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Stuck Again

By Andy Mouncey, Mar 2 2021 01:49PM

The Treaty on the Non-Proliferation of Nuclear Weapons – just go with me here please - came into force in the early 70’s. Essentially it boiled down to the nuclear powers at the time saying to the rest of the world: ‘We’ve got them, you can’t have them and you gotta promise never to try get them.’

Or scoring the winning goal in the first half and then declaring the game over taking the ball home with you.

‘Kinda feels like that here at the moment albeit with somewhat lower stakes.


We’d been about to go public with news of our partnership with one of the big four London-based auditors who will be supporting our work with prison governors. This has been a long time in the making and has the potential to transform our work: This firm will bring their people (as professional mentors) and funding to the partnership.

So it’s big stuff.

Unique for the sector.

Probably gonna shake some trees too.


Then some people who we respect and who know about these things said:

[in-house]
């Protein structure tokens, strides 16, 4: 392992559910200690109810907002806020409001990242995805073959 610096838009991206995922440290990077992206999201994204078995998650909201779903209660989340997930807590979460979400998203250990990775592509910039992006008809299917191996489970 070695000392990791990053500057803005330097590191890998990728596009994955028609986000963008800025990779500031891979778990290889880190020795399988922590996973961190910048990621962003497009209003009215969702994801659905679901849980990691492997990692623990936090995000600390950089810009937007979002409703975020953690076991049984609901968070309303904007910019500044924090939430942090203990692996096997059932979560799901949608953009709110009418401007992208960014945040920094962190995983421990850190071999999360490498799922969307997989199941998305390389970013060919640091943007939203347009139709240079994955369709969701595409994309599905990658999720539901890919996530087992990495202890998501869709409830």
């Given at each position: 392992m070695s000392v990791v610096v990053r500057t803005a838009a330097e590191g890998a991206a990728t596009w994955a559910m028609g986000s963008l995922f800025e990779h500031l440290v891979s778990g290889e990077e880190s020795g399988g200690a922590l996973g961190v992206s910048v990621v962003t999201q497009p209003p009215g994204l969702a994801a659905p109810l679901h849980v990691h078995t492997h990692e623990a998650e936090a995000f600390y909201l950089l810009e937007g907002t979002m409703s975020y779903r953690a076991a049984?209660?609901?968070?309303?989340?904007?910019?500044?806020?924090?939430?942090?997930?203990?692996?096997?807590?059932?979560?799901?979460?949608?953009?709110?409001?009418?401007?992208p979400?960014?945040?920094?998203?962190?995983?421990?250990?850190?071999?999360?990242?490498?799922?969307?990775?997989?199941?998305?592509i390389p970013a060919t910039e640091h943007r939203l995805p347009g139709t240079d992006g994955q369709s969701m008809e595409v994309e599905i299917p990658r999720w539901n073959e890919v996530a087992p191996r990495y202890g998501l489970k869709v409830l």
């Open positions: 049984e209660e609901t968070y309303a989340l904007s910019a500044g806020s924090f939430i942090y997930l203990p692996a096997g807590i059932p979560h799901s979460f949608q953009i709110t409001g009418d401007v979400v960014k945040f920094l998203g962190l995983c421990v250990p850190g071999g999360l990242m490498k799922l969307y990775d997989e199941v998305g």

‘Er, do HM Prison & Probation Service know about this?’

Well, I have been trying to give them a chance to support the work – I was asked for a formal proposal back in October, remember?

(The reply to that arrived early Feb but that’s another rant).


‘Really think it would be a good idea to get their blessing before they read about it in the press’

Well, I have been trying…

‘No Andy, you’re listening but you ain’t hearing: Pause the work, get the blessing from the right people THEN you can do the fanfare bit. There’s too much at stake here.’

Silence.

Bollocks.


Then around the same time some more people who know about this stuff and who we respect said:

‘And after doing this work for nearly a year now it would be a very good idea to be formally contracted.’

Well, I have been trying…

You get the idea.


Eventually I wound up in touch with The Keeper Of The Big List (of approved suppliers to HMPPS) who also happens to be one of those very big firms that provide professional development services to very big firms.

‘I’m told we need to be on this List,’ I said.

‘The List is closed’ came the reply.


Well that sucks.

Apparently we need the blessing and we don’t get the blessing till we’re official and we can’t get official ‘cos someone’s called time on the game.

Meanwhile the need for the work is escalating and still no-one else is doing what we’re doing in the way that we’re doing it for the people we’re doing it for.

And having the impact.




Time to pull some levers then and share the problem with folks we have touched.

Please solve it for us, we said.

And off they went.


Then we did the same with our intended future partner who we knew was wise in these matters.

Please solve it for us, we said.

And off they went too.


In the meantime we had a decision to make about the work:

Do we just stop? Continue? What about fees? What about our governors?